Austin’s Mayor Lee Leffingwell made the announcement.
“There is one particular resource we need that we’ve heard loud and clear that can help make our city more innovative and make it stronger,” he said.
“We’re here because speed matters,” Milo Medin, VP of Google Fiber, said at the event today, pinpointing that it’s not often the matter of speed of the software and services that companies like Google develop, but infrastructure that is to blame when things are slow. “It’s the foundation for future innovation on the web.” Medin also puts some of his thoughts down in an official Google Fiber blog post.
The goal is to start connecting homes in Austin by mid-2014. Customers there will have a similar choice of products as the customers in Kansas City: Gigabit Internet or Gigabit Internet plus our Google Fiber TV service with nearly 200 HD TV channels. Google is still working out pricing details which are expected to be roughly similar to Kansas City.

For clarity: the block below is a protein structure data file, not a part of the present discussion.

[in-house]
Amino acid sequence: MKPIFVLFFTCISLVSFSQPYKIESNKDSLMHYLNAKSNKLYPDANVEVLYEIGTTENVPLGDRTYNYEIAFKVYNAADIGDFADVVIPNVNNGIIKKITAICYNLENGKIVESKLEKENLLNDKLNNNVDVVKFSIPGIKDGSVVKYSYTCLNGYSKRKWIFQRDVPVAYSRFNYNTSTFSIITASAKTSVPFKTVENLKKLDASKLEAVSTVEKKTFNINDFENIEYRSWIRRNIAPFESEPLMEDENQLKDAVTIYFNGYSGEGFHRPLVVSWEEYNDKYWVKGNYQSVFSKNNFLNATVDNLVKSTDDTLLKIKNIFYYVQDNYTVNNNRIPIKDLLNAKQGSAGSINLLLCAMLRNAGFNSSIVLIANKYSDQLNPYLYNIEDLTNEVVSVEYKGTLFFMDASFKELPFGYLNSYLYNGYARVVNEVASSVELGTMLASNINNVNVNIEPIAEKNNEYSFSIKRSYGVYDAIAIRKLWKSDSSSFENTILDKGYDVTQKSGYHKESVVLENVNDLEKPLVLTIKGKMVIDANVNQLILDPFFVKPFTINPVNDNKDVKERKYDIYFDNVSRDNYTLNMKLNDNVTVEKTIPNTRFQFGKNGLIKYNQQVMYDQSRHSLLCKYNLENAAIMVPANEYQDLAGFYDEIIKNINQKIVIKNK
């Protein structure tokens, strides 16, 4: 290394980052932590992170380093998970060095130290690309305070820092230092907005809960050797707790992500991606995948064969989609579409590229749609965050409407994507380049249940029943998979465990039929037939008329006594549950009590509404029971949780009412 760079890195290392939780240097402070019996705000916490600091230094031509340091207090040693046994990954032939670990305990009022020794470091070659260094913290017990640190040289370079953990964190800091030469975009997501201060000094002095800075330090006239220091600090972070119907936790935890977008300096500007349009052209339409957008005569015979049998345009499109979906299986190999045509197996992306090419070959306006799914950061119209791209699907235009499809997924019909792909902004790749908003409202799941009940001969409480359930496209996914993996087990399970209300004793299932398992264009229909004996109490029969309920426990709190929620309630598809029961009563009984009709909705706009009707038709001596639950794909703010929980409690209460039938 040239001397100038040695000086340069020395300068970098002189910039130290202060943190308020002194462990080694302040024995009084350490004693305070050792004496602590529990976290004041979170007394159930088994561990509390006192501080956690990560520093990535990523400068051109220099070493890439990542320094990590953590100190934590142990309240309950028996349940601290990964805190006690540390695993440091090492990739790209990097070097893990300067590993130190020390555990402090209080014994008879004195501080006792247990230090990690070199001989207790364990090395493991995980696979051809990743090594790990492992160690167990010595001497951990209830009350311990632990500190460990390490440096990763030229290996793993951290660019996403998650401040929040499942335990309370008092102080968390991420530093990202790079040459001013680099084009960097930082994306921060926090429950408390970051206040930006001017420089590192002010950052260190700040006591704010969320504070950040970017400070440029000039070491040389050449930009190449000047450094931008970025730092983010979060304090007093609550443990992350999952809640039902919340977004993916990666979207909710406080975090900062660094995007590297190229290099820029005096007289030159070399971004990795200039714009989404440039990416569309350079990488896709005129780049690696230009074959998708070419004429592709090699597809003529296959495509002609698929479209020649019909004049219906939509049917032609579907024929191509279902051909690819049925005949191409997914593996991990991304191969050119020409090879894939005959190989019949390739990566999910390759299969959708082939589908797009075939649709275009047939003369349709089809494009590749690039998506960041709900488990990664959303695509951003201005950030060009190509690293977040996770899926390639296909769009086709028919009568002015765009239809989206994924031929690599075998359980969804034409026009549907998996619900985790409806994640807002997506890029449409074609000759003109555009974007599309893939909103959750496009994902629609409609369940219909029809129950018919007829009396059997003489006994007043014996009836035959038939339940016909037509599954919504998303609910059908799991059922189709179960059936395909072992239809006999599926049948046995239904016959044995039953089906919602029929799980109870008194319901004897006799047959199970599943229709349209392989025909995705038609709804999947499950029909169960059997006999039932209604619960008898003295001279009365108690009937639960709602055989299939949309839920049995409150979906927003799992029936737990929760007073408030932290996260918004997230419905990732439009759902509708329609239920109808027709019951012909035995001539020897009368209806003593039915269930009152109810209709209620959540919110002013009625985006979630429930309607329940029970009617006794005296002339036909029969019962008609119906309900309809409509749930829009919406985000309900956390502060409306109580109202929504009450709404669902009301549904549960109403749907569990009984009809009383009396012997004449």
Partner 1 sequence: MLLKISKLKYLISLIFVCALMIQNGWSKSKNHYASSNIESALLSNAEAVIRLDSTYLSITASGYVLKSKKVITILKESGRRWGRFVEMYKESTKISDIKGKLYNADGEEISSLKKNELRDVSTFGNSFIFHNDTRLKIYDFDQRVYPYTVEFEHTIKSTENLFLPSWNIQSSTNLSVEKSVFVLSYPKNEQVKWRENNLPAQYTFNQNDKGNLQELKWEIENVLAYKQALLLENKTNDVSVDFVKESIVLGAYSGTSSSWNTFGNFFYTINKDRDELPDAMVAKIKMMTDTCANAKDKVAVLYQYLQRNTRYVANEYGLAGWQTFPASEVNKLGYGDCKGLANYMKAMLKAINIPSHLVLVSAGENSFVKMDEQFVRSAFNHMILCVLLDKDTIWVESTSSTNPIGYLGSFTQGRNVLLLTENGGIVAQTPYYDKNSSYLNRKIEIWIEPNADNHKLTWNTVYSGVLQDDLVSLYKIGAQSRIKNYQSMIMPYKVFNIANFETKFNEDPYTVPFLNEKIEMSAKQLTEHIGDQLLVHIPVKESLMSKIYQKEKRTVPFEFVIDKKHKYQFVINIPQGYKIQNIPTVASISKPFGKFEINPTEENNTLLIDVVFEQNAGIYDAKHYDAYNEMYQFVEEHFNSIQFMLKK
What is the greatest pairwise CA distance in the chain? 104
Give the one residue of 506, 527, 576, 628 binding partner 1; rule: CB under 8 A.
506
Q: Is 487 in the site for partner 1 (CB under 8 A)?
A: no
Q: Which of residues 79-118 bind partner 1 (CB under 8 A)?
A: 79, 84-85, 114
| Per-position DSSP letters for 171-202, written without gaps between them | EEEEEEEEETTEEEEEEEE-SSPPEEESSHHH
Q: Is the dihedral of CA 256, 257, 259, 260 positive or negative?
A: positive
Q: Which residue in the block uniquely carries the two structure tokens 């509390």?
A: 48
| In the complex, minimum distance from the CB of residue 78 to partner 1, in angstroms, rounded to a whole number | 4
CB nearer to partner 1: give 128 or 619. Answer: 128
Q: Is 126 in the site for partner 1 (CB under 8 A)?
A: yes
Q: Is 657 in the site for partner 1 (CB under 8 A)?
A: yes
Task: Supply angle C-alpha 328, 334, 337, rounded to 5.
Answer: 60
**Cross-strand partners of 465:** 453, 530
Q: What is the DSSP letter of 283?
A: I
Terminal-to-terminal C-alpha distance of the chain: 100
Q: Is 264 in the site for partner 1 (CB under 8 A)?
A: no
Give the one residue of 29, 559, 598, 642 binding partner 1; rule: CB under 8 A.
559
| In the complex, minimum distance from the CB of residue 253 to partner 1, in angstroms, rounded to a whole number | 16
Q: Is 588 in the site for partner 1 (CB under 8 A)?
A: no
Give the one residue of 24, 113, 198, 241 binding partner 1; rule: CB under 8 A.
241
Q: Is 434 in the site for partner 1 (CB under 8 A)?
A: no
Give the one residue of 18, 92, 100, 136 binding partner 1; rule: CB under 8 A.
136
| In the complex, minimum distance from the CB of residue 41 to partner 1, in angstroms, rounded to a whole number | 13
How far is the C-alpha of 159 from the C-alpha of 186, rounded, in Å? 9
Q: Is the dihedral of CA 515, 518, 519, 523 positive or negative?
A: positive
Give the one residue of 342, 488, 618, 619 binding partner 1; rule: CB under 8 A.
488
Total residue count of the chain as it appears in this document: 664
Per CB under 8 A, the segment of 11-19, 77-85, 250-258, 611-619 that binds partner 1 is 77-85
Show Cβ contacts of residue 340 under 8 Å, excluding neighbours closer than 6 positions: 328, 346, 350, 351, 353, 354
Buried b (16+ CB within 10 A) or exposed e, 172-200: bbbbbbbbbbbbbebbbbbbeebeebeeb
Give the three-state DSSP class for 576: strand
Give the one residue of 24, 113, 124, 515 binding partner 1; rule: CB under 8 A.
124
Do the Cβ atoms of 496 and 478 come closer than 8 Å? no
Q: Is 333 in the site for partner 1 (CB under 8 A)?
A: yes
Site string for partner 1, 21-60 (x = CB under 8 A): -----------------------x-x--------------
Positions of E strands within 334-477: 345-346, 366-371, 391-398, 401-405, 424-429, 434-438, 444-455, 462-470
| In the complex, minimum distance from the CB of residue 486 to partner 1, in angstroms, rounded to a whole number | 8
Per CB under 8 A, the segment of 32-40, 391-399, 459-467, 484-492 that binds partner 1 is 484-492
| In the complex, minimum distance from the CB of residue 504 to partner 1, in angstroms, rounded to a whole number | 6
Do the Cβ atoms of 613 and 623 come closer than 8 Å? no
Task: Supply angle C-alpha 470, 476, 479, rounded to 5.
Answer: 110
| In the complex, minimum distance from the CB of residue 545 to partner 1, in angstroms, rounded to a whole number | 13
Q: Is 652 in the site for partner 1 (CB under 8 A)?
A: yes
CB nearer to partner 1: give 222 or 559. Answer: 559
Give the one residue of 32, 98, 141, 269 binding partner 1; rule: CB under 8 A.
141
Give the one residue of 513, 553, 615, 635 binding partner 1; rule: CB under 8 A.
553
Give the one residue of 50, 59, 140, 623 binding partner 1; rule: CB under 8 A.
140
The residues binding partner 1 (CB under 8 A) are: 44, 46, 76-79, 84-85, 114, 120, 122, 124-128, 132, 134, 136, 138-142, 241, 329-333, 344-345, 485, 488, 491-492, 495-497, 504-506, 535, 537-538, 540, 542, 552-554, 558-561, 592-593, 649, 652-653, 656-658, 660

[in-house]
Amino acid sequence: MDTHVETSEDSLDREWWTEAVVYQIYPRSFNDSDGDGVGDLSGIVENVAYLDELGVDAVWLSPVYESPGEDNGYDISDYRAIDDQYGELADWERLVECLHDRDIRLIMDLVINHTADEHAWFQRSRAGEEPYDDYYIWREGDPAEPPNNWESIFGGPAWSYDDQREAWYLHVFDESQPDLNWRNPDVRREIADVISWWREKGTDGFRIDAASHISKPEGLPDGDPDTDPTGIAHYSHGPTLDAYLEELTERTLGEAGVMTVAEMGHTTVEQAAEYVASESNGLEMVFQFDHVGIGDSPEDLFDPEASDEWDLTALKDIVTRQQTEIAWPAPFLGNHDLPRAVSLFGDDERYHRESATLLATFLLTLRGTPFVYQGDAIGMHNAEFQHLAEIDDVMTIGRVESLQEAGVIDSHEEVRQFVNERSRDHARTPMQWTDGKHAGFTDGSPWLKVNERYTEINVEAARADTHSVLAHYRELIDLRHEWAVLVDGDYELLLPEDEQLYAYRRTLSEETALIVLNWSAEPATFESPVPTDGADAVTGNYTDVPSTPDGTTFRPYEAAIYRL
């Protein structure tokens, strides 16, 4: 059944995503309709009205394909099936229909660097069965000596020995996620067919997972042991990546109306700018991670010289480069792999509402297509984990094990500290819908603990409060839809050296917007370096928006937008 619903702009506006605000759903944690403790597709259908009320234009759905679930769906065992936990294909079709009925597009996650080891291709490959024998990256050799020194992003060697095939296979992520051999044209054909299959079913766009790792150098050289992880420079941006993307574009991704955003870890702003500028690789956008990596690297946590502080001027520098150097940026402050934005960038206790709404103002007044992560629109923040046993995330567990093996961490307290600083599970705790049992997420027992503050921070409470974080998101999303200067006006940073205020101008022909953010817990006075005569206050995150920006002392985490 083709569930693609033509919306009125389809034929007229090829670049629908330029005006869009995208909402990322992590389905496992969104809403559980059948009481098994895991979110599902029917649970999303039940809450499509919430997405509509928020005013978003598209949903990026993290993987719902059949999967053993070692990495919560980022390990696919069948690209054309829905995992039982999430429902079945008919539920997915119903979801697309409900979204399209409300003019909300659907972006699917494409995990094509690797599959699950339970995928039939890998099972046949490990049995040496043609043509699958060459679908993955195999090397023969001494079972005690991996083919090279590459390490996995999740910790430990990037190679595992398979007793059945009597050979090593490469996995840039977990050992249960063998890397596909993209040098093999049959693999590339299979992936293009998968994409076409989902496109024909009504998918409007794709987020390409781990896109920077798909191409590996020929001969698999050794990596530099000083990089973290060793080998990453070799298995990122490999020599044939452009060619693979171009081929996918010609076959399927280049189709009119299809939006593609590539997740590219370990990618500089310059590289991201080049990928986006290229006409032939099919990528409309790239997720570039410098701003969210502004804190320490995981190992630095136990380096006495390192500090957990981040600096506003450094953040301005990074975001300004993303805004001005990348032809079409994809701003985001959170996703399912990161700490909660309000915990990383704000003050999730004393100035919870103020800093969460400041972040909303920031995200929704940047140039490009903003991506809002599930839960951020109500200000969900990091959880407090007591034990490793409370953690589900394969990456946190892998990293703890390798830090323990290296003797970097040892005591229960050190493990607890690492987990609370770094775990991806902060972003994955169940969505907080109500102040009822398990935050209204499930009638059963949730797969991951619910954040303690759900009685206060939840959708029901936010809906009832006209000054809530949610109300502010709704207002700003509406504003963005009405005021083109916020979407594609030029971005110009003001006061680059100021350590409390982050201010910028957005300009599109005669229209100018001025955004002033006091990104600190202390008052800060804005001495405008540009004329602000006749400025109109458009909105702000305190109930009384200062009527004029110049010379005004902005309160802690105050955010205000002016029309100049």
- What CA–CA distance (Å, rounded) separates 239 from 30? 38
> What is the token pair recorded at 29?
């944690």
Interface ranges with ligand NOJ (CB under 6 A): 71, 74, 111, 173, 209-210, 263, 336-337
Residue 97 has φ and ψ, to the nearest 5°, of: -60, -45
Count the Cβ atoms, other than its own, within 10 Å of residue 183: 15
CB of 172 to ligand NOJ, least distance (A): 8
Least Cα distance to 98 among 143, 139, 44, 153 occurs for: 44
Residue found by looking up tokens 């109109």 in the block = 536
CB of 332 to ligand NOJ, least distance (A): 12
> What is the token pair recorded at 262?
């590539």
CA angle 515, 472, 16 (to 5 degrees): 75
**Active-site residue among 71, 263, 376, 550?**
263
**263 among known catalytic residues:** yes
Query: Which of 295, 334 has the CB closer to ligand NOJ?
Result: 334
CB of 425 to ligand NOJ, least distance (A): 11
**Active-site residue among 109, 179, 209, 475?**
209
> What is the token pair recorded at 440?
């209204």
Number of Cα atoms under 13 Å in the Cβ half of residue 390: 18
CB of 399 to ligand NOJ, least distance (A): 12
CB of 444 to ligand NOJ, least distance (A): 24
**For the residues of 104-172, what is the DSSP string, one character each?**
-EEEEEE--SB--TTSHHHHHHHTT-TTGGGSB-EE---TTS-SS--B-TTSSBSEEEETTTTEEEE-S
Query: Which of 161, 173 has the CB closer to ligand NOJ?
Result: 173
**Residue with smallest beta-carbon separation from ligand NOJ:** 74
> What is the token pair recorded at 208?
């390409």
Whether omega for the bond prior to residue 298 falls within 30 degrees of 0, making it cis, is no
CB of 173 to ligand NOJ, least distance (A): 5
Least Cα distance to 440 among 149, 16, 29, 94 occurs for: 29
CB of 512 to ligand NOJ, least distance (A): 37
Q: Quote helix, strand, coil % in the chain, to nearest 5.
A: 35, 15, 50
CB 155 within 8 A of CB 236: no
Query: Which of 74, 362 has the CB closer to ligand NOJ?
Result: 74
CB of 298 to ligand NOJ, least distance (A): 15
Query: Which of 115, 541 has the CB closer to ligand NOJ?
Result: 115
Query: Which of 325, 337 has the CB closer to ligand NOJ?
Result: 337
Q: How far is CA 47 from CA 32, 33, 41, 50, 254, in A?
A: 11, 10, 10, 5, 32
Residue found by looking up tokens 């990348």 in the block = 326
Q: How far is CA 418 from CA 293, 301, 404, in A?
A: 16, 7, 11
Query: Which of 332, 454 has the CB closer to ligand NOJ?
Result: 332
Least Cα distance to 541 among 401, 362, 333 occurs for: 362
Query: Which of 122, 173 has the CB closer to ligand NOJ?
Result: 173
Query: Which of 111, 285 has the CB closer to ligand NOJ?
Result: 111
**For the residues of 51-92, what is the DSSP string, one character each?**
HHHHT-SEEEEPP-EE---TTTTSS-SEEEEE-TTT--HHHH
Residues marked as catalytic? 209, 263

Also, as in Kansas City, Google going to offer customers a free Internet connection at 5 mbps for 7 years, provided they pay a one-time construction fee.
A report published by analysts at the investment bank Bernstein yesterday noted that it would cost Google $11 billion if it decided to go for a medium-sized national rollout, covering 20 million people. That’s just for laying down infrastructure; the costs would go up by much more when marketing and then linking up homes and businesses to that network get factored in.
The Internet is still young and just starting to grow. Gigabit Internet will be something to look out for.